We are thinking of Carmen and the family and know how he will be missed but how many great memories you will have.

– Maury and Loretta Ray

Thank you, Coach

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We brought our high school team to the Northern State Team Camp the last few years of Coach’s career. My favorite part of the camp was the 2nd night, when Coach Meyer would sit at a table and invite anyone to stop by and talk about basketball and coaching. Our staff would stay for two hours plus. Never wanted those conversations to end. I learned so much about basketball and life in just a short couple of hours. I am so thankful to him for taking the time with us and also for sharing his teaching on the coaching videos. Thanks, Coach. You are already missed.

– Dave Leiser

Influence and Inspiration

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When I was 25 years old, I seriously considered leaving my job as a research scientist to pursue college coaching. I wasn’t bold enough to do that, but I did leave to be a HS science teacher and now a head boys basketball coach at a small HS. I saw Don Meyer speak at 2 coaching clinics and those talks profoundly impacted my life. His wit, knowledge, and wisdom were truly remarkable. Besides John Wooden, coach Meyer set an example of love, passion and enthusiasm that all of us young coaches should model and admire.

At a 2011 clinic in Wisconsin Dells I saw coach Meyer speak. After burning through 11 pages of notes during his talk, I approached him after the talk. I was more nervous approaching him than approaching a girl! I told him I left my profession to coach, and I’ll never forget him looking me in the eye and saying “we are so lucky to have people like you in this profession. God Bless you. Find a small town where you can build a program, make it really meaningful, impact kids and if you make it to a state tournament the whole town will be proud of you.”

I heeded that advice. I now coach in a town of 12,000 people, and due to some amazing kids, we made it to the State Tournament in my first season. It was an experience I’ll never forget. But much like Coach Meyer would say, it’s not about the wins and losses, it is about the process. I love helping kids get better, helping teams improve and most of all cherishing the relationships that we get to form as coaches. Don Meyer will be missed. His impact will last forever. He was a servant-leader, a Christian, and set an example that was truly one of a kind.

– Sean Keating

Coach’s visit to Columbus

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I am so fortunate to have been able to meet, know and learn from Coach Don Meyer. One of the greatest highlights in my time as an A.D. was being able to bring him to Columbus and have him share with our coaching staff, community and kids. His work in all walks of life has and will impact so many and I hope to be able to be a servant leader as Coach aspired for us all to be.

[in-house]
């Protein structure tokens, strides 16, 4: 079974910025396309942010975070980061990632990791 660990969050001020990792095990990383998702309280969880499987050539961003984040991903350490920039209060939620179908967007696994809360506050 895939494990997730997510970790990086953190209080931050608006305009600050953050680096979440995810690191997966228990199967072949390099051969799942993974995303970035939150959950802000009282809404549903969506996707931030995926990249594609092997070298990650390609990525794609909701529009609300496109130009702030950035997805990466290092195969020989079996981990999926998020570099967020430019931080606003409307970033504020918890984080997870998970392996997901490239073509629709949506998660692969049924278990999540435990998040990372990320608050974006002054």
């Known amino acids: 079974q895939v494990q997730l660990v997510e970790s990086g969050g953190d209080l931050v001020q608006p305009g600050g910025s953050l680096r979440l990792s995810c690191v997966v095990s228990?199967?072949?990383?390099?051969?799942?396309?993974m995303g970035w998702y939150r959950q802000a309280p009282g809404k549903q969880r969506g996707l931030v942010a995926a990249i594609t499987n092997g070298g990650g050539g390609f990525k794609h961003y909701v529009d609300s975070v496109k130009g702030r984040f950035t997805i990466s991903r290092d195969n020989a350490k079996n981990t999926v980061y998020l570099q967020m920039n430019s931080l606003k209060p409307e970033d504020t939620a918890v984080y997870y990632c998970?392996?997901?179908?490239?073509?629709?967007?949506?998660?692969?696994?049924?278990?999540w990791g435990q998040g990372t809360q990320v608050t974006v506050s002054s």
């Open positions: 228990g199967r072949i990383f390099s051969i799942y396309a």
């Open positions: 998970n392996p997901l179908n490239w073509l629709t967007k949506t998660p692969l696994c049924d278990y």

My two favorite “Coach” stories from that trip –

1. After taking time to present to our local Sertoma group over the noon hour, Coach had some calls to make in the car on the way back to the hotel. While neither one was successful in reaching the intended target on the other end of the line, hearing him leave voicemails for both Pat Summitt and Herb Sendek was something truly special, especially as he panned to be “Bob from Bob’s Bean and Beet Farm” on Sendek’s voicemail.

2. Coach Meyer made it a point to bring my father Mark (who is legally blind) along for the trip to Columbus, giving him an additional chance to spend time with his son — something that we were gratefully appreciative of and did truly treasure. The trip to Columbus itself was not without some issue, however, as the group faced a blizzard while driving throughout much of South Dakota and Nebraska. At one point, when the situation seemed really desperate, Coach turned to his driver and quipped “Geesz, Don, it’s so bad out here, we just as well pull over and let Mark drive.”

Every time I had a chance to see or talk to Coach after that trip, he was always ready to share that story, and really enjoyed talking about that venture — his relationship with so many was truly and simply amazing.

– John Krogstrand

Focus on Fundamentals

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Don Meyer’s coaching impact is one that has touched players and coaches at all levels. His focus on the fundamentals of basketball is legendary as any former player, colleague, or basketball camper will attest. The players in the Beech High School Boys Basketball program feel the impact of Coach Meyer each day at practice. Whether preparing in the preseason, regular season, or postseason, the simple but highly effective Shot Progression Drills signal the start of each and every Beech practice. Although I never played for, met, or saw Coach Meyer speak, his influence is still there. Coach Meyer, a coaching legend, will be missed but his influence will remain.

– Darrin Joines
Boys Basketball Coach
Beech High School (TN)

Coach, Mentor, Friend